I’ve solved the online platform thing

Men wear suits. Many women wear suits. Working from home, I  wear pajamas exclusively, but the point stands: suits.

Suits  are uncomfortable, expensive, and boring. They’re designed to samify people, iron out pesky differences. Broad shoulders all around. 

Suits work so well because they comfort wearer and wearee. They take the decision-making out of it. There’s nothing relevant to say about a person in a suit. Snob out about the brand, sure, but if someone tries that on you, just pretend your boxy Jos A. Bank is actually some hipster bespoke deal made by an eccentric boxer in the middle of nowhere.

The thinkerati lauded Steve Jobs for his turtleneck-and-jeans combo, but (a) let’s admit it, super-unflattering and (b) Jobs squandered any saved energy on explaining the turtleneck-and-jeans philosophy to every reporter.

No one writes breathless prose in Fast Company about the fact that some dude wears a suit to the office. Yet it saves plenty of cognitive effort.

So, how does this apply to maven-types like us who, let’s admit it, mostly write our last-minute newsletters in bed?

Online platforms are the new fashion, that’s why. So long Gucci, hello GoDaddy. Our platforms are how we’re evaluated by the world, how we establish our personal brands. And it’s equally exhausting.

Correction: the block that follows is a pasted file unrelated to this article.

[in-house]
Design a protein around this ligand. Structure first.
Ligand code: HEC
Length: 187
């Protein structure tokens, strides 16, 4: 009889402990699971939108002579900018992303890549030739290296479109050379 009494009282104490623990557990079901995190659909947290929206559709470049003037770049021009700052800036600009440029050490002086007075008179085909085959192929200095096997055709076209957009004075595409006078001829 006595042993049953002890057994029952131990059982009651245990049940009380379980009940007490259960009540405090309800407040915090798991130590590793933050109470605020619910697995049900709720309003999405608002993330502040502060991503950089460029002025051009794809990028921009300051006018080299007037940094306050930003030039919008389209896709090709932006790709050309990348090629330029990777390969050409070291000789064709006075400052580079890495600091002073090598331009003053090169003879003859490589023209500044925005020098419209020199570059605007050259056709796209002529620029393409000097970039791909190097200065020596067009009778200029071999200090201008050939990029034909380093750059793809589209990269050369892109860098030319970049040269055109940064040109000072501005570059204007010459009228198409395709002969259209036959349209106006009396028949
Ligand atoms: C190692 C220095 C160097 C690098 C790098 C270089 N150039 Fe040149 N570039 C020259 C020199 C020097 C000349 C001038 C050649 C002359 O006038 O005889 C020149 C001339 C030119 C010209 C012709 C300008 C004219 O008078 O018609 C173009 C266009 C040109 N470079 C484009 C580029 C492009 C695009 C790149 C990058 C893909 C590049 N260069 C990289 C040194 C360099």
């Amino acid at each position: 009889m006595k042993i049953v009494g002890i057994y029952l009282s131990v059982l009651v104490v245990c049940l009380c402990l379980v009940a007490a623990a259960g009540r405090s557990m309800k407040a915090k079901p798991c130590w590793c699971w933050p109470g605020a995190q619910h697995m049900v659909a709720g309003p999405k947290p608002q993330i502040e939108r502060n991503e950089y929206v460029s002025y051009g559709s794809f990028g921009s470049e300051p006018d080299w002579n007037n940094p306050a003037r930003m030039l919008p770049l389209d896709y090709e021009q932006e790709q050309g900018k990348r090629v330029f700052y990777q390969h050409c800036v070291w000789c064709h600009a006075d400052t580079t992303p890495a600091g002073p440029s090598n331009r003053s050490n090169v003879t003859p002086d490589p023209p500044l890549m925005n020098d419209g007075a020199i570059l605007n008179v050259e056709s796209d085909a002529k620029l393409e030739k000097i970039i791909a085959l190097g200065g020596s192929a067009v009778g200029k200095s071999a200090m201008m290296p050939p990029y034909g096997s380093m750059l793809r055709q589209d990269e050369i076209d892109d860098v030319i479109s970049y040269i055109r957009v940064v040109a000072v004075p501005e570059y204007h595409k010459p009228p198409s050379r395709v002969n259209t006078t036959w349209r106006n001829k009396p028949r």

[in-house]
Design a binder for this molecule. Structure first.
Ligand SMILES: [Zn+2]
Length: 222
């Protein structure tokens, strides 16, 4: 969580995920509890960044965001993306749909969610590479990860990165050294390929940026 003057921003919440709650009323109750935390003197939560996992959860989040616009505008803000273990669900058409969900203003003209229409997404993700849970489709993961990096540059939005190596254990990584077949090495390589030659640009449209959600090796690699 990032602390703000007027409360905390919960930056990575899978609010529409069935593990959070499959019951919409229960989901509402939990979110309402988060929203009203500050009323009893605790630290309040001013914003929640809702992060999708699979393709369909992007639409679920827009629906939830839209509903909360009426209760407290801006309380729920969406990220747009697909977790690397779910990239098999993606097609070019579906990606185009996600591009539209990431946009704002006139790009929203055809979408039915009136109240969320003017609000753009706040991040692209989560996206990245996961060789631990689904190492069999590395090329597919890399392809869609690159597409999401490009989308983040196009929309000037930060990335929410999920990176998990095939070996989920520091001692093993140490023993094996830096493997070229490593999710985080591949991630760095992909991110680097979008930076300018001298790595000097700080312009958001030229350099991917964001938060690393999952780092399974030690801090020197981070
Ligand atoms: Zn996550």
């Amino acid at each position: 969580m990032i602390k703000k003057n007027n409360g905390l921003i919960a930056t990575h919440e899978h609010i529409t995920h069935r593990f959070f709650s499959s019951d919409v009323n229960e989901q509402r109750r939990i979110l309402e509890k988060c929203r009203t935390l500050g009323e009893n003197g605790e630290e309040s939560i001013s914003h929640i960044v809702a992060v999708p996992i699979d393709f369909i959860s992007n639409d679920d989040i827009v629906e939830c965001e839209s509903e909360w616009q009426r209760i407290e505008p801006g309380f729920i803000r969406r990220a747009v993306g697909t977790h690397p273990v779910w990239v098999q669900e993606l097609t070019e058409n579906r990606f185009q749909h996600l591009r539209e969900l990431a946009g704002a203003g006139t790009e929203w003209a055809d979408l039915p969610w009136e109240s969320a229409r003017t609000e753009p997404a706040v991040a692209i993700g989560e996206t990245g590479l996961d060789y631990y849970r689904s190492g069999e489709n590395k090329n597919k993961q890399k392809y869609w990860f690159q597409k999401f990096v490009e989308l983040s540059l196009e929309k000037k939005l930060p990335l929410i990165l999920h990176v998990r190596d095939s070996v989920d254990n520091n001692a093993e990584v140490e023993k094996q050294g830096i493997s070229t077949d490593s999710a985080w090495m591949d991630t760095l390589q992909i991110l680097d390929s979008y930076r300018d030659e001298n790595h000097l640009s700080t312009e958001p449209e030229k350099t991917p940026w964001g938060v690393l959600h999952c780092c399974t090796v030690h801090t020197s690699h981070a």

Authors are supposed to have online platforms. Being invisible on social media used to be a power move for elite authors, but those days are over. You need a website, a newsletter, a podcast. You need all the things. As an author, you can listen to good advice from smart people and learn best practices, but you’re still left with far too many options. 

I mean, what color should anything be? I have no idea. Red?

We have formal wear, why not formal websites? We can do this, people. There are enough thought leaders on this list that, if we get in alignment here, we may be able to get the ball started globally. That means worldwide. Here’s what I’d like you to do:

  1. Delete your entire online presence. All of it.
  2. Make a new website. No CSS or styling of any kind. Put a big H1 at the top with your name. Because we need to know your name. (You can forego that if you own the domain.)
  3. Underneath that, put an H2. “I’m a behavioral economist.” Whatever. Your thing. Five words max, including the “I’m a.”
  4. Now a bulleted list. “I’ve written these books:” “Listen to this one podcast episode.” That sort of thing. Up to three things. Really, what more can you ask of people?
  5. Links to buy stuff. Up to three things: a course, training, whatever. Focus on the expensive stuff, we want high margins. Write “Buy these things” in front so it’s clear what the point is.
  6. Put in a JPEG of your signature, for class.

And we’re done. That right there is a formal site. Simple, focused, effective. No decisions, just action.You’re welcome.

Dave

p.s. It occurs to me that ties add a splash of visual interest to a suit. We probably need something similar for a formal site. As a finishing touch, select one word of your choosing anywhere on the page and throw a <blink> tag on there. Nice.